Looking back, the times I’ve gotten into trouble are those where I’ve taken a hard stand on something that runs counter to the business case – clients need to make money, too. In every project there are two very different sets of goals that need to be attained – those of the user and those of the project owner. For example, I don’t go to Amazon to make Jeff Bezos rich; I go there to buy a book. Our job as UX designers is to make sure both needs are met.
If you only focus on the customer and forget the client’s needs, you’re going to get into a fight with someone. That said, if you don’t meet the needs of the user/customer/whatever, you are never going to achieve your business goals.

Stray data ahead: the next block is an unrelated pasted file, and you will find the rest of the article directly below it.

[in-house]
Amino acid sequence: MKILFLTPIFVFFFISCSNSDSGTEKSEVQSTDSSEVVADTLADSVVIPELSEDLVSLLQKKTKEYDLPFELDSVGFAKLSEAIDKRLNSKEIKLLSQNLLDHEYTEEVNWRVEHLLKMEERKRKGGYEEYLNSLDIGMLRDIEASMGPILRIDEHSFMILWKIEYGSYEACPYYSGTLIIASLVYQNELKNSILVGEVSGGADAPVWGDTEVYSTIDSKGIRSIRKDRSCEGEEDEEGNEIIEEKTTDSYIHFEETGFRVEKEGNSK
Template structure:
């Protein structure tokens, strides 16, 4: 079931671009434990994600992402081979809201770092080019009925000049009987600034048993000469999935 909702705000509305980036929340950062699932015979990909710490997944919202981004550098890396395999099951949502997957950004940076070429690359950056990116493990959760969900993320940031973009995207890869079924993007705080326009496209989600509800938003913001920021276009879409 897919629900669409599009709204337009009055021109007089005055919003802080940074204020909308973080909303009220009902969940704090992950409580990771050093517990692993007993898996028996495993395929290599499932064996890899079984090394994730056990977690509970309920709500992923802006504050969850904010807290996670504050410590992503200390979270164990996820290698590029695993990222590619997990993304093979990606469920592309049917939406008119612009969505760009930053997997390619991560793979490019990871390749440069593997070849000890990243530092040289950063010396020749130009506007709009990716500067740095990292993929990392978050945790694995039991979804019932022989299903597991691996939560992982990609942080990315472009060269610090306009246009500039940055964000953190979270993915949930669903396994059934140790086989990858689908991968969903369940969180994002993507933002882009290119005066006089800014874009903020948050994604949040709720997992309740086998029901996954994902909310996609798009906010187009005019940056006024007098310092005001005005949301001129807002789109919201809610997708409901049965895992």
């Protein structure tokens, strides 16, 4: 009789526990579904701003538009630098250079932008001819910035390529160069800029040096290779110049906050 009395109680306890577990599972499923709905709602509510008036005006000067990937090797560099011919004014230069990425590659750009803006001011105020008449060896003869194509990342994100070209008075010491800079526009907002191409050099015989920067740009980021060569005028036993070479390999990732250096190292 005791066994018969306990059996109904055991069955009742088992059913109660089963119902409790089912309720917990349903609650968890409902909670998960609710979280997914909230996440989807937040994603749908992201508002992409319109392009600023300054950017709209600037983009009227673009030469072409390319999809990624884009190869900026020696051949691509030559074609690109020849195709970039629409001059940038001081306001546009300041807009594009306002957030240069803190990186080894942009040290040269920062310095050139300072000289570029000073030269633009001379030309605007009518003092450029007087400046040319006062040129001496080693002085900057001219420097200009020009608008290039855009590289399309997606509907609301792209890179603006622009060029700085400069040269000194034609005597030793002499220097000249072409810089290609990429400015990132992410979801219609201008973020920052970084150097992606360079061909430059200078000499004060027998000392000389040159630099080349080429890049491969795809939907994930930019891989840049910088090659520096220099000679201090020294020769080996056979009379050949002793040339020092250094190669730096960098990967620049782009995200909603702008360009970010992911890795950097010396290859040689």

(http://www NULL.flickr NULL.com/photos/51765672 null@null N00/5608386057/)Living and working in Europe has taught me two things. First, you have to truly respect cultural and national differences. I see a lot of U.S. companies fail because they see Europe as being far more homogeneous than it really is. The European Union is not the “United States of Europe” nor will it ever be. Second – and this may appear contradictory – when it comes to communications of a business-to-business nature, a dentist in Rome will often have more in common with a dentist in Stockholm than with his next-door neighbor. This is what makes effective cross-border B2B marketing possible.Curiously, many European companies entering the U.S. market, make the same mistake – they view the United States as being far more homogeneous than it really is. I think this may be one of the reasons my company’s expansion in the U.S. is going so well; we view individual geographic areas in much the same way we view individual countries and regions in Europe. A “one size fits all” approach doesn’t work on either side of the Atlantic.